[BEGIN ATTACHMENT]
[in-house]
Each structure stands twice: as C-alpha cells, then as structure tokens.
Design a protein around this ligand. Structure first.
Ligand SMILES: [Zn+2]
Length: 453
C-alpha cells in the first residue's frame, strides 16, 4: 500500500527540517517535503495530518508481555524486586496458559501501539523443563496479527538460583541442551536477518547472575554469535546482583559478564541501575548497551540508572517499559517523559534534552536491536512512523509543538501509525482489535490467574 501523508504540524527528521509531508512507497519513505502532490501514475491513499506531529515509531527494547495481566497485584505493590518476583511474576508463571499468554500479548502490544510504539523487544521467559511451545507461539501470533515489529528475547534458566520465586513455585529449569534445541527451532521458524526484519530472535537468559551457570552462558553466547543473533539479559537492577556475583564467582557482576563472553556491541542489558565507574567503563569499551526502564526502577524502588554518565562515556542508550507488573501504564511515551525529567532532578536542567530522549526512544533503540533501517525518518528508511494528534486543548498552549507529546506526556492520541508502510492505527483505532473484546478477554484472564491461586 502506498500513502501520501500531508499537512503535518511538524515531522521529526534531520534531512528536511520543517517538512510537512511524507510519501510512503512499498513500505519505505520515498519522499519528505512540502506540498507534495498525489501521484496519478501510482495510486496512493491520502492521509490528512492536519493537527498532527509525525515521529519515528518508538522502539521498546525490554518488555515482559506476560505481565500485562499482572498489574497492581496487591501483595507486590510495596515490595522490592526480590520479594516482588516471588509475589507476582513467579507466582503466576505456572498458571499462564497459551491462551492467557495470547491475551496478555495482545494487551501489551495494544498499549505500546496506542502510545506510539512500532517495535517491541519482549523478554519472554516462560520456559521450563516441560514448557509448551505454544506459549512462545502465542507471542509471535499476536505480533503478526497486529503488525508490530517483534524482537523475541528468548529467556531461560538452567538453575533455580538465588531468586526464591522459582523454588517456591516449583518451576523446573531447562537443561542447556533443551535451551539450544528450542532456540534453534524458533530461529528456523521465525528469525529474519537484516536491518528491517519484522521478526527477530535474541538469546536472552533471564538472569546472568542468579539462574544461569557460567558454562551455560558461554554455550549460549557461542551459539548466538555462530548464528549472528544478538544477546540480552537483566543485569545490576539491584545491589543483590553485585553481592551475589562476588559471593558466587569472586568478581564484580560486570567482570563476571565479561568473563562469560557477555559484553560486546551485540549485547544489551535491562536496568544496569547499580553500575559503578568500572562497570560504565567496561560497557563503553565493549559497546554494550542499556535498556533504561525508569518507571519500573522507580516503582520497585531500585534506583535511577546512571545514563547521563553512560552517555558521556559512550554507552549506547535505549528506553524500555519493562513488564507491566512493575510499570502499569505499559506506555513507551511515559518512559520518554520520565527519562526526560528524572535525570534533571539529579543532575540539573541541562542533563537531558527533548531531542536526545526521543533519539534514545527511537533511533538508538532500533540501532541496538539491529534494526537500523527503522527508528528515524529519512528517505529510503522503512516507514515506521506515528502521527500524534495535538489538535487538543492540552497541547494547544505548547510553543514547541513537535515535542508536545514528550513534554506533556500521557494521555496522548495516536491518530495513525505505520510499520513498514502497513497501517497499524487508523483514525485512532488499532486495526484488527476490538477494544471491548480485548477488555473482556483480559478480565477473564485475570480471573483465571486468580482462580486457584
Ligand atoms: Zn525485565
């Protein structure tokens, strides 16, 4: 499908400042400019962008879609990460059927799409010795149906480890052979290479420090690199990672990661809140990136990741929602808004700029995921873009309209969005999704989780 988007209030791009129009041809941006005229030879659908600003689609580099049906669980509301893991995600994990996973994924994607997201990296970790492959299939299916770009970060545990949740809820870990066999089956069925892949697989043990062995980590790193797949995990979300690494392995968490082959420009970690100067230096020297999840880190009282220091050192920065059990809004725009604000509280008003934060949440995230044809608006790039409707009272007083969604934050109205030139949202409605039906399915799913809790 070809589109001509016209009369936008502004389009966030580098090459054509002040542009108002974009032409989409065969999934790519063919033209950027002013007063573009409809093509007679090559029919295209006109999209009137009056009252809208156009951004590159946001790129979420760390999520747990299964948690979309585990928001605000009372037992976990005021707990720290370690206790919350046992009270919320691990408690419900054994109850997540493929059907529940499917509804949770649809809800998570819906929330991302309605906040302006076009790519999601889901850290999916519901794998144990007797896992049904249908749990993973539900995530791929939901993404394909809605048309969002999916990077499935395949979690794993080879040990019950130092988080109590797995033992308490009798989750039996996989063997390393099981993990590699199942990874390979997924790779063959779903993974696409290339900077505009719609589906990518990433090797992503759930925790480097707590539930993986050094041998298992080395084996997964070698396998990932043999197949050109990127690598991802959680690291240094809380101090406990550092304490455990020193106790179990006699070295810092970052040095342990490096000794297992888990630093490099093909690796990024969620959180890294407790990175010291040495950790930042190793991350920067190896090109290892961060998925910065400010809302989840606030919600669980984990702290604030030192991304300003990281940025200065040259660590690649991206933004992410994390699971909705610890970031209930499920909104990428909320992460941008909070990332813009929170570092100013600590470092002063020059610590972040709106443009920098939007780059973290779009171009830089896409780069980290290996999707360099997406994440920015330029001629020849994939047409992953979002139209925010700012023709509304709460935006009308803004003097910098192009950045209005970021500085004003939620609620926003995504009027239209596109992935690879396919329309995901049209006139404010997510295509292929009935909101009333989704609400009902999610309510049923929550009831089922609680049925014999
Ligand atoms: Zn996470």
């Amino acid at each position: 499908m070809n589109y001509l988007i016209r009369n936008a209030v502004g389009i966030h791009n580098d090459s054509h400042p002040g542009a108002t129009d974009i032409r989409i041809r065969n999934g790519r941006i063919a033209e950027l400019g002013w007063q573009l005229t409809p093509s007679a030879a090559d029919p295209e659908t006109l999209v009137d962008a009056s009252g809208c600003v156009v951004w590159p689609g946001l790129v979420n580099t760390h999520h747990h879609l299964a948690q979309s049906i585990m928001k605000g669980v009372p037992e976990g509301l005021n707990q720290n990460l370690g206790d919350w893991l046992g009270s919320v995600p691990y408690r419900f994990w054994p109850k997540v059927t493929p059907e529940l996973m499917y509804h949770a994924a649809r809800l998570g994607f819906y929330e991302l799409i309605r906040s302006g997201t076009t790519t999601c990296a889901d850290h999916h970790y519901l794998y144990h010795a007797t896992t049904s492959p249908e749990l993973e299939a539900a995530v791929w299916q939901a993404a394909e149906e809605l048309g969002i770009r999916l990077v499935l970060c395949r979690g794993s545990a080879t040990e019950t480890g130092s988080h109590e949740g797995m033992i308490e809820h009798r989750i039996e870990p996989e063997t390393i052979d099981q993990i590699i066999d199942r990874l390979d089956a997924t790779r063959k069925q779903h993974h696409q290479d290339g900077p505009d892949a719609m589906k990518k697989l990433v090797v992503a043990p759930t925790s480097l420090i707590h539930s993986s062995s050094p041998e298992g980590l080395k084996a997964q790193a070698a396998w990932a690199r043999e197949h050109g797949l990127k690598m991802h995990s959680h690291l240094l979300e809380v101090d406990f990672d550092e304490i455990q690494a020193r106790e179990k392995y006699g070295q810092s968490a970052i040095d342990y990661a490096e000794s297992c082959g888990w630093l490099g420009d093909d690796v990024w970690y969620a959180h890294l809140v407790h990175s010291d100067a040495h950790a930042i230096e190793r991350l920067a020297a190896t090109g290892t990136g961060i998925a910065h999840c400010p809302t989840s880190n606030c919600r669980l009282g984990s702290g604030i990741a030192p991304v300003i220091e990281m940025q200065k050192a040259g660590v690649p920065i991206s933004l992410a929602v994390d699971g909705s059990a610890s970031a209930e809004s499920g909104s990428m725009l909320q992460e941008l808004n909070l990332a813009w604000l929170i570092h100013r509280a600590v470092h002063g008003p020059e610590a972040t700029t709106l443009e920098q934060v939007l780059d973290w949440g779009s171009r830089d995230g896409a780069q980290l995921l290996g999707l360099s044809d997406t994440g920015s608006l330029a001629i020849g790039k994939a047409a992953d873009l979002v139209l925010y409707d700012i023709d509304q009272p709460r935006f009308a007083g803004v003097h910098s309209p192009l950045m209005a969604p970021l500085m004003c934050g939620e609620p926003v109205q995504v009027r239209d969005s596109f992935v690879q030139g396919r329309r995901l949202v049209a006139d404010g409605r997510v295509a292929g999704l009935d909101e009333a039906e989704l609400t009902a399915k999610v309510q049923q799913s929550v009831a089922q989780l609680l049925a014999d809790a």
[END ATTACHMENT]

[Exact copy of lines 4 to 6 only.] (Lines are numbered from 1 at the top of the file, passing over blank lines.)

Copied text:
Ligand SMILES: [Zn+2]
Length: 453
C-alpha cells in the first residue's frame, strides 16, 4: 500500500527540517517535503495530518508481555524486586496458559501501539523443563496479527538460583541442551536477518547472575554469535546482583559478564541501575548497551540508572517499559517523559534534552536491536512512523509543538501509525482489535490467574 501523508504540524527528521509531508512507497519513505502532490501514475491513499506531529515509531527494547495481566497485584505493590518476583511474576508463571499468554500479548502490544510504539523487544521467559511451545507461539501470533515489529528475547534458566520465586513455585529449569534445541527451532521458524526484519530472535537468559551457570552462558553466547543473533539479559537492577556475583564467582557482576563472553556491541542489558565507574567503563569499551526502564526502577524502588554518565562515556542508550507488573501504564511515551525529567532532578536542567530522549526512544533503540533501517525518518528508511494528534486543548498552549507529546506526556492520541508502510492505527483505532473484546478477554484472564491461586 502506498500513502501520501500531508499537512503535518511538524515531522521529526534531520534531512528536511520543517517538512510537512511524507510519501510512503512499498513500505519505505520515498519522499519528505512540502506540498507534495498525489501521484496519478501510482495510486496512493491520502492521509490528512492536519493537527498532527509525525515521529519515528518508538522502539521498546525490554518488555515482559506476560505481565500485562499482572498489574497492581496487591501483595507486590510495596515490595522490592526480590520479594516482588516471588509475589507476582513467579507466582503466576505456572498458571499462564497459551491462551492467557495470547491475551496478555495482545494487551501489551495494544498499549505500546496506542502510545506510539512500532517495535517491541519482549523478554519472554516462560520456559521450563516441560514448557509448551505454544506459549512462545502465542507471542509471535499476536505480533503478526497486529503488525508490530517483534524482537523475541528468548529467556531461560538452567538453575533455580538465588531468586526464591522459582523454588517456591516449583518451576523446573531447562537443561542447556533443551535451551539450544528450542532456540534453534524458533530461529528456523521465525528469525529474519537484516536491518528491517519484522521478526527477530535474541538469546536472552533471564538472569546472568542468579539462574544461569557460567558454562551455560558461554554455550549460549557461542551459539548466538555462530548464528549472528544478538544477546540480552537483566543485569545490576539491584545491589543483590553485585553481592551475589562476588559471593558466587569472586568478581564484580560486570567482570563476571565479561568473563562469560557477555559484553560486546551485540549485547544489551535491562536496568544496569547499580553500575559503578568500572562497570560504565567496561560497557563503553565493549559497546554494550542499556535498556533504561525508569518507571519500573522507580516503582520497585531500585534506583535511577546512571545514563547521563553512560552517555558521556559512550554507552549506547535505549528506553524500555519493562513488564507491566512493575510499570502499569505499559506506555513507551511515559518512559520518554520520565527519562526526560528524572535525570534533571539529579543532575540539573541541562542533563537531558527533548531531542536526545526521543533519539534514545527511537533511533538508538532500533540501532541496538539491529534494526537500523527503522527508528528515524529519512528517505529510503522503512516507514515506521506515528502521527500524534495535538489538535487538543492540552497541547494547544505548547510553543514547541513537535515535542508536545514528550513534554506533556500521557494521555496522548495516536491518530495513525505505520510499520513498514502497513497501517497499524487508523483514525485512532488499532486495526484488527476490538477494544471491548480485548477488555473482556483480559478480565477473564485475570480471573483465571486468580482462580486457584